Samsung ceases sales of Galaxy Tab 10.1 in Australia

The 10.1-inch Galaxy Tab tablet won’t be coming to Australia anytime soon, if Apple has anything to do with it
Allen Ngo,

The legal feud between Samsung and Apple are heating up as the American computer corporation strikes a significant victory today.

According to a Bloomberg report, Apple has successfully inhibited Samsung from selling its Galaxy Tab 10.1 tablet in Australia until related patent disputes are resolved. Exactly how long this will take is unknown, so the Samsung tablet could be off Australian store shelves for months at a time if a resolution is not met. The Federal Court Justice of Sydney has reportedly scheduled a hearing for August 29th to set a trial date for the lawsuit.

While the cease in sales is a hit to Samsung, Apple has agreed to pay any damages caused by the lost in sales, but only if the court ultimately favors Samsung in the dispute.

Ever since early April, Apple lawyers have been accusing Samsung for supposedly ripping off the iOS platform in terms of design, features and even looks. Indeed, it’s hard to deny the similarities between Samsung’s proprietary TouchWiz interface and Apple’s own mobile operating system. Samsung, however, most definitely won’t be going down without a fight, as the South Korean conglomerate has countersued Apple with various lawsuits in multiple countries as well.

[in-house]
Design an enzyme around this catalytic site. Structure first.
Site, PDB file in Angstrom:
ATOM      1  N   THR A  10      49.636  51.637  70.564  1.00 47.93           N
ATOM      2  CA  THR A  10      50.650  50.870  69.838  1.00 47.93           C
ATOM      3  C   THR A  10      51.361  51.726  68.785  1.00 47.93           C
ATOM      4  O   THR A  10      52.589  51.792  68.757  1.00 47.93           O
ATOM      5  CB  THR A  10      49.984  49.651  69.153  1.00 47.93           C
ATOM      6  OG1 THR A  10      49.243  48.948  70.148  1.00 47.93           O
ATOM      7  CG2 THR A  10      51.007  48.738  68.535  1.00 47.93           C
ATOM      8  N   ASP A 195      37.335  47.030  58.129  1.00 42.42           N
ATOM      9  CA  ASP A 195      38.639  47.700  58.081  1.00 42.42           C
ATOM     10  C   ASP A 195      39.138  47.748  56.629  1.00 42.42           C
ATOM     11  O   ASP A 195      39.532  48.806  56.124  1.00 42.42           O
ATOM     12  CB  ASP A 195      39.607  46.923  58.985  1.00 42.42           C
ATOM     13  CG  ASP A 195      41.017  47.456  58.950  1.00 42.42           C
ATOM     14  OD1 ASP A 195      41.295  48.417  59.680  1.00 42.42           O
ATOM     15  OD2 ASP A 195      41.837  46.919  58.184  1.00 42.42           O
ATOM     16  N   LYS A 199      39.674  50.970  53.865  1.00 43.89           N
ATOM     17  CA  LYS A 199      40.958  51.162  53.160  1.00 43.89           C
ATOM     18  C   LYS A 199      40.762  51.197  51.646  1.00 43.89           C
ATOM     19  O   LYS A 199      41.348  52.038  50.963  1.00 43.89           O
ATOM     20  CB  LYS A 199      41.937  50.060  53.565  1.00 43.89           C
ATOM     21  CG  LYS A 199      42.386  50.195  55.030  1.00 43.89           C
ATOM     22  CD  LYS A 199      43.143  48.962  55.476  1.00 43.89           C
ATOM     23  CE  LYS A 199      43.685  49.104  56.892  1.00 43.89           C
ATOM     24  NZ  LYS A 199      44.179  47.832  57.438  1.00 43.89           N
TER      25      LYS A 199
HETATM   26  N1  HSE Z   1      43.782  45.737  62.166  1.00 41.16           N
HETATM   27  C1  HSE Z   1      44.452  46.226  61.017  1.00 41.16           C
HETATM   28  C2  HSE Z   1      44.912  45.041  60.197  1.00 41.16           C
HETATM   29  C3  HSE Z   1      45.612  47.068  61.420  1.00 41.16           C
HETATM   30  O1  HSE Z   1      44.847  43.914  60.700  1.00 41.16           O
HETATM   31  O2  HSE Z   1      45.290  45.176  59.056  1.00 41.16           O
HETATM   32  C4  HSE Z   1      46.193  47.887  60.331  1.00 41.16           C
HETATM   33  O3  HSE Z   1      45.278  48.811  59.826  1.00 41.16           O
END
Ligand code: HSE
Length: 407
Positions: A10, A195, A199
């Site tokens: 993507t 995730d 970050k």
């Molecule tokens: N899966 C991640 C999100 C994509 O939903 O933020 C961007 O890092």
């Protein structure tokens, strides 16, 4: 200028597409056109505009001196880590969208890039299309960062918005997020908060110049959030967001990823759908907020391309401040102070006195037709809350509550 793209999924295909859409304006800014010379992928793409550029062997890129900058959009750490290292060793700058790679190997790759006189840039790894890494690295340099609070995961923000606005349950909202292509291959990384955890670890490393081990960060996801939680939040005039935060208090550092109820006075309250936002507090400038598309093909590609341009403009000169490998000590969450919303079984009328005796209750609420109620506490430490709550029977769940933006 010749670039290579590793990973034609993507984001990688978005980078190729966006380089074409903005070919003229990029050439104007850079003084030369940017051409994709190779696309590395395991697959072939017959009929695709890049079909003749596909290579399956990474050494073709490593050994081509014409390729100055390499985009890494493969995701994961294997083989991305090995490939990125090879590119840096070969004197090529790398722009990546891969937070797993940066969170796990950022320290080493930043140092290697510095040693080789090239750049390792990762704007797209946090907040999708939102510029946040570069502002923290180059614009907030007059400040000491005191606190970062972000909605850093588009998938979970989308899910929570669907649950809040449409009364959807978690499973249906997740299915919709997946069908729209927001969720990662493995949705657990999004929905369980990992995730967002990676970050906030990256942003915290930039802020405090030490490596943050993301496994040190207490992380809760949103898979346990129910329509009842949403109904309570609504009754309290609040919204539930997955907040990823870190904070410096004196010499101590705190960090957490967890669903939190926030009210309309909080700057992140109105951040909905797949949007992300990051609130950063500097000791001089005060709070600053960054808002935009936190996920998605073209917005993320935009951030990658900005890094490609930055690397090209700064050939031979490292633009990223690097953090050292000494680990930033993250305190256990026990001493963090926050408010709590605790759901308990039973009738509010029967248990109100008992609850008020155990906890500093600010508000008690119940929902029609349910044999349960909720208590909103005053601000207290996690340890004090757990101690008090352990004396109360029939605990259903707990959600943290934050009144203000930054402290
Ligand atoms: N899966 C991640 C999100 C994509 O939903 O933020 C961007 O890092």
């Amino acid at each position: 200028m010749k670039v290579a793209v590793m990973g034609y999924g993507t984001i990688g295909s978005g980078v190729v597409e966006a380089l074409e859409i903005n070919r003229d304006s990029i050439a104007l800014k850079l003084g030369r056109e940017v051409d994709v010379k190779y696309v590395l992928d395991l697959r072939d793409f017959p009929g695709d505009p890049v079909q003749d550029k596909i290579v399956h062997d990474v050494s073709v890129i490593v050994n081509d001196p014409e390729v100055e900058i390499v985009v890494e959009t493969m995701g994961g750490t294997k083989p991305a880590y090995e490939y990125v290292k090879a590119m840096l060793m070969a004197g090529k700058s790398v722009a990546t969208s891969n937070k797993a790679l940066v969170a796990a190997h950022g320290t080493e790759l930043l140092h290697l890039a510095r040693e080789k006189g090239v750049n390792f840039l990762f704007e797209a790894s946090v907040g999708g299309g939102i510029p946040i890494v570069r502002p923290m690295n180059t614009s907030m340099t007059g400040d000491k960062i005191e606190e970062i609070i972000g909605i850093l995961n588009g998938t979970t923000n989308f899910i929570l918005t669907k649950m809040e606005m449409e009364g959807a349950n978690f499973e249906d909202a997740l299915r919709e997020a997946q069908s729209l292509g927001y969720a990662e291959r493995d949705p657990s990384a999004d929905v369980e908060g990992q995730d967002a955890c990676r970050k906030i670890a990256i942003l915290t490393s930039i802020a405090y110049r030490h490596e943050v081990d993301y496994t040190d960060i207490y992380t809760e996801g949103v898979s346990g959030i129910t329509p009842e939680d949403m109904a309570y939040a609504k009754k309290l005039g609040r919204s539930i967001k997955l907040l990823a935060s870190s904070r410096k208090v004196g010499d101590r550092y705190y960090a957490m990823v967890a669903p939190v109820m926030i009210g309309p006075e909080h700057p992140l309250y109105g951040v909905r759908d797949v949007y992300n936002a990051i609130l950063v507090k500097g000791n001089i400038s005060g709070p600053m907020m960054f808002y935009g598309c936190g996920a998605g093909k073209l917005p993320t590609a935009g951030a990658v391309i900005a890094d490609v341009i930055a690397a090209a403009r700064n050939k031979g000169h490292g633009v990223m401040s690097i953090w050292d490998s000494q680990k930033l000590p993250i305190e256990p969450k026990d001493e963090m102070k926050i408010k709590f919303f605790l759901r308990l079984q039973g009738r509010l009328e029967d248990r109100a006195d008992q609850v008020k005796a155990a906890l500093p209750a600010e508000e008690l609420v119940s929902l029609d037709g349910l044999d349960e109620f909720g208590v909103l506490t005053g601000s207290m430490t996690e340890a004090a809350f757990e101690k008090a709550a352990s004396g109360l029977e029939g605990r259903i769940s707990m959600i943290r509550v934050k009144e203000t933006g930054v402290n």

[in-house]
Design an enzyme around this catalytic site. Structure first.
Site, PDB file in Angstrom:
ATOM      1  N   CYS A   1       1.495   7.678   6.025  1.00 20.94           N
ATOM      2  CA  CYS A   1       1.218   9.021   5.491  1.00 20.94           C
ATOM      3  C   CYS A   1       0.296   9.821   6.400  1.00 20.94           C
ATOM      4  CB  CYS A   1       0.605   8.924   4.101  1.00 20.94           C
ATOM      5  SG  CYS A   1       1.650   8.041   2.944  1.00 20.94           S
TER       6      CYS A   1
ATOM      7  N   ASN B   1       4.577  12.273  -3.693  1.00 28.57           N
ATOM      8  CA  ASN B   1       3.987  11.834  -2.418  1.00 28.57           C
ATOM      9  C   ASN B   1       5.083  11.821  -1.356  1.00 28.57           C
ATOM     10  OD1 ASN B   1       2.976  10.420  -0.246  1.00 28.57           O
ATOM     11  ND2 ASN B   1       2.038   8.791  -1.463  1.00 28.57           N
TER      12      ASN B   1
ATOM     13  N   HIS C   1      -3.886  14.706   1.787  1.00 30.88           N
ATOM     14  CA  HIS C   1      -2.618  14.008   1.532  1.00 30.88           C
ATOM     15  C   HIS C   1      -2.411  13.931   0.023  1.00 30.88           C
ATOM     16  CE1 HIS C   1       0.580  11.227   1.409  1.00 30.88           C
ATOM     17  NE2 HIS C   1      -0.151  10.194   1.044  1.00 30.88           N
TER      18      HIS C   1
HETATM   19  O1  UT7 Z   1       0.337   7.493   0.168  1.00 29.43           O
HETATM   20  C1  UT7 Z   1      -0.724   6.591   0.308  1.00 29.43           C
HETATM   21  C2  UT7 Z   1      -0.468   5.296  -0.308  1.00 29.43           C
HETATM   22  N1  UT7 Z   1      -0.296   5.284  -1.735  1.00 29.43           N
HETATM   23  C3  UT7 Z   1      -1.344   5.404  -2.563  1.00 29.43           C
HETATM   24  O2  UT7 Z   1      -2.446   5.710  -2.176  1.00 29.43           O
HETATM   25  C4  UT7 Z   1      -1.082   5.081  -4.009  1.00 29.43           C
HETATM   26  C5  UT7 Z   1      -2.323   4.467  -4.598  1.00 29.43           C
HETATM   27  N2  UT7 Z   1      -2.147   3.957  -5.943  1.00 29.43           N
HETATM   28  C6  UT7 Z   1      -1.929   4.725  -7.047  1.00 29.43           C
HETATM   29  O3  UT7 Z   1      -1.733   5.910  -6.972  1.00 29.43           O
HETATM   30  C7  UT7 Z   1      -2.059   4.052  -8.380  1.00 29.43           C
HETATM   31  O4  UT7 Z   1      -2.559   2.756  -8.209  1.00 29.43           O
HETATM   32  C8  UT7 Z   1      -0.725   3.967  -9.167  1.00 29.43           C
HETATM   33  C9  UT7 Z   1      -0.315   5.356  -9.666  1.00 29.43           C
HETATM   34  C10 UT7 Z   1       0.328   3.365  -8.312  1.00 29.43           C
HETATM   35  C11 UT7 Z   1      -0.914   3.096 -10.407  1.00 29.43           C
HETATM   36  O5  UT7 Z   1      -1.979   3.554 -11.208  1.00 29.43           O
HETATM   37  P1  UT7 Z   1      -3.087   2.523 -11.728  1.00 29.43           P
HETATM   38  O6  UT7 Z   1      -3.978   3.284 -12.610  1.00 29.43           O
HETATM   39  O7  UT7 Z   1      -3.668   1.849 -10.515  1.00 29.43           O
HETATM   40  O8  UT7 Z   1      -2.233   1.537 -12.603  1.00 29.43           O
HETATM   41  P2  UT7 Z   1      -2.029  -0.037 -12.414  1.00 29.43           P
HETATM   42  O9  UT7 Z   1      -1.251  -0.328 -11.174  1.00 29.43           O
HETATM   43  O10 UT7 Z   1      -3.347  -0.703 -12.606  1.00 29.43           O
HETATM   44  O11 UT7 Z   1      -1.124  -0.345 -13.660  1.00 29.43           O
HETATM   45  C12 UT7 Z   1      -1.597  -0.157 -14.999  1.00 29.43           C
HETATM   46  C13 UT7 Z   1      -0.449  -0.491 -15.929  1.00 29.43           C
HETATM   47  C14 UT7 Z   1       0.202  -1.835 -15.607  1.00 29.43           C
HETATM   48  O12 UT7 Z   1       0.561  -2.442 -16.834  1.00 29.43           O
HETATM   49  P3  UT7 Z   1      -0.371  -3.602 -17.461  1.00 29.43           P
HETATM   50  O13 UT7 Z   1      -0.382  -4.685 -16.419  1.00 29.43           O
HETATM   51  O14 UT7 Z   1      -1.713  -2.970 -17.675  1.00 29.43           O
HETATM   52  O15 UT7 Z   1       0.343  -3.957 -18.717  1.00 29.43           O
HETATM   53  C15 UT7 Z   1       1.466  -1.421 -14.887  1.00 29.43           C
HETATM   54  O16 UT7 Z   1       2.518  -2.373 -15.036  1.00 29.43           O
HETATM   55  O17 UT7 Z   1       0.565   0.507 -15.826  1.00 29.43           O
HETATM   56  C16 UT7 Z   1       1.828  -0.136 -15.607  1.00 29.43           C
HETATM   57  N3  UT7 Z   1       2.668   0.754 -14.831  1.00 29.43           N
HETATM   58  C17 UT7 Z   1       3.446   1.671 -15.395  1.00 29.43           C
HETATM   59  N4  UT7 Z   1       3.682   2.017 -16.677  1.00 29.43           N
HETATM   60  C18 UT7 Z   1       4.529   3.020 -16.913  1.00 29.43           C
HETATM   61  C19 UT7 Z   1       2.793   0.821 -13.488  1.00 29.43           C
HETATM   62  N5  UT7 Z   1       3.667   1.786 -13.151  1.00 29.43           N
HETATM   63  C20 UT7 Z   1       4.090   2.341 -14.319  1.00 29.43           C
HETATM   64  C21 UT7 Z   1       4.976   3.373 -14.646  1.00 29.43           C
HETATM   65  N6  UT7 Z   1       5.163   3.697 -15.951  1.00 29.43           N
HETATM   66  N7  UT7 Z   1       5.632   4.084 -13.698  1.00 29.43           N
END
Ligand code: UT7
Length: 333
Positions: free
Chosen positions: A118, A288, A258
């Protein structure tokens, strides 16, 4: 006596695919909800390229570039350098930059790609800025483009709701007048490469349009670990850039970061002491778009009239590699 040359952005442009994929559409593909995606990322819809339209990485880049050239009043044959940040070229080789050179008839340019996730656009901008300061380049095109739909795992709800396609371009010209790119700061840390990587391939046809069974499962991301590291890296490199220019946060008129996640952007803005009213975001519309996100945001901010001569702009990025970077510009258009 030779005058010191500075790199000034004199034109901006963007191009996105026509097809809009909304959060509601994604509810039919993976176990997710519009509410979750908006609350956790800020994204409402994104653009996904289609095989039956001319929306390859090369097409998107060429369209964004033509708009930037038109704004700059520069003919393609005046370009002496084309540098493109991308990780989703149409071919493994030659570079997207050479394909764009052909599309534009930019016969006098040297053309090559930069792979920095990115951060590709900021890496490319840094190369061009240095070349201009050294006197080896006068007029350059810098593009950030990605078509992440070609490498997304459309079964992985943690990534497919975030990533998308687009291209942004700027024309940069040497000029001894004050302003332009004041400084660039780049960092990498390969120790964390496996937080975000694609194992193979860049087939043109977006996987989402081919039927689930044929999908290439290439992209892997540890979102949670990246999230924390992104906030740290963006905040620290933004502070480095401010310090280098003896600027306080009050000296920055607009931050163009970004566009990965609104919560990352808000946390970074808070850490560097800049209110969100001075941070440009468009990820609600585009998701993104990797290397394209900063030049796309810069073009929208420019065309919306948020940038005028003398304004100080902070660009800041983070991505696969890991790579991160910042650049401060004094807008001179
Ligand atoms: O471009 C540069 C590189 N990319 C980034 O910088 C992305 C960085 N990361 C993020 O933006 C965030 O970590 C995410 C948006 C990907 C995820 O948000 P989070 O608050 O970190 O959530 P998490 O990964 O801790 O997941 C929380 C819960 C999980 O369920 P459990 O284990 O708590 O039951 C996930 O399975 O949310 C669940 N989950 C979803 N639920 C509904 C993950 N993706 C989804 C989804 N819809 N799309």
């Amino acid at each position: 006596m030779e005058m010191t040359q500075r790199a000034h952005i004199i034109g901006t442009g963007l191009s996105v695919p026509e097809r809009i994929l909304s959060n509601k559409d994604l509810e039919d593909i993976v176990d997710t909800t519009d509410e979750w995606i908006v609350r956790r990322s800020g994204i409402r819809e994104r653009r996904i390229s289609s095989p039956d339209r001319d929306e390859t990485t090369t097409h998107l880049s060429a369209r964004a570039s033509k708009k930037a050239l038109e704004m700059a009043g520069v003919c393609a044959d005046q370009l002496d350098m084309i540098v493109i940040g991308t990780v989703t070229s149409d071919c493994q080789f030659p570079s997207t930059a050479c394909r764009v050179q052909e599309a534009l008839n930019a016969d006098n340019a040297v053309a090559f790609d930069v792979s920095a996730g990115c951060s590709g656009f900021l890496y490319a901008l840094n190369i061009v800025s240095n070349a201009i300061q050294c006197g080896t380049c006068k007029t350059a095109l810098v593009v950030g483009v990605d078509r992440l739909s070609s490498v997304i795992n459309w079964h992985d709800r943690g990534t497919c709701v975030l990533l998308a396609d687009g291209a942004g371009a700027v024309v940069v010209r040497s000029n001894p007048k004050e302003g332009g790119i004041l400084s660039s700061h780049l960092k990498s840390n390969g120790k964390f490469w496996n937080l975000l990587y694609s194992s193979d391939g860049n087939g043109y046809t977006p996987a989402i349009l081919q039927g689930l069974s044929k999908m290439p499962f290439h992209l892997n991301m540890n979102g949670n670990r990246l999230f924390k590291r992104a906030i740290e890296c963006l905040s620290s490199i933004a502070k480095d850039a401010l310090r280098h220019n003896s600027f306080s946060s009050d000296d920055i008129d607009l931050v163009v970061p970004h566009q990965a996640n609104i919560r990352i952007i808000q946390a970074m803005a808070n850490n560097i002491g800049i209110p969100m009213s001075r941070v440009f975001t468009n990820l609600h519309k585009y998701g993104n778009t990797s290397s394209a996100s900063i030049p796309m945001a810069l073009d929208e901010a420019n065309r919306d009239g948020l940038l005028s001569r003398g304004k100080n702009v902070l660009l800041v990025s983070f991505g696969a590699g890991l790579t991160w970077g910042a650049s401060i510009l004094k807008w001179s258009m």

Apple’s aggressiveness with lawsuits has been frowned upon by HTC, who they themselves have been sued in the past by Apple for the similar reasons.

The Galaxy Tab 10.1 is Samsung’s latest iteration in its lineup of consumer tablets. The 10.1-inch device sports Android Honeycomb, a 1280x800 resolution screen, the Tegra 2 APU and 1GB of RAM. While the tablet has been available in the U.S. since June and in select European countries since July, the device has yet to launch in Australia.


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Allen Ngo, 2011-08- 1 (Update: 2012-05-26)
Allen Ngo
Allen Ngo - US Editor in Chief
After graduating with a B.S. in environmental hydrodynamics from the University of California, I studied reactor physics to become licensed by the U.S. NRC to operate nuclear reactors. There's a striking level of appreciation you gain for everyday consumer electronics after working with modern nuclear reactivity systems astonishingly powered by computers from the 80s. When I'm not managing day-to-day activities and US review articles on Notebookcheck, you can catch me following the eSports scene and the latest gaming news.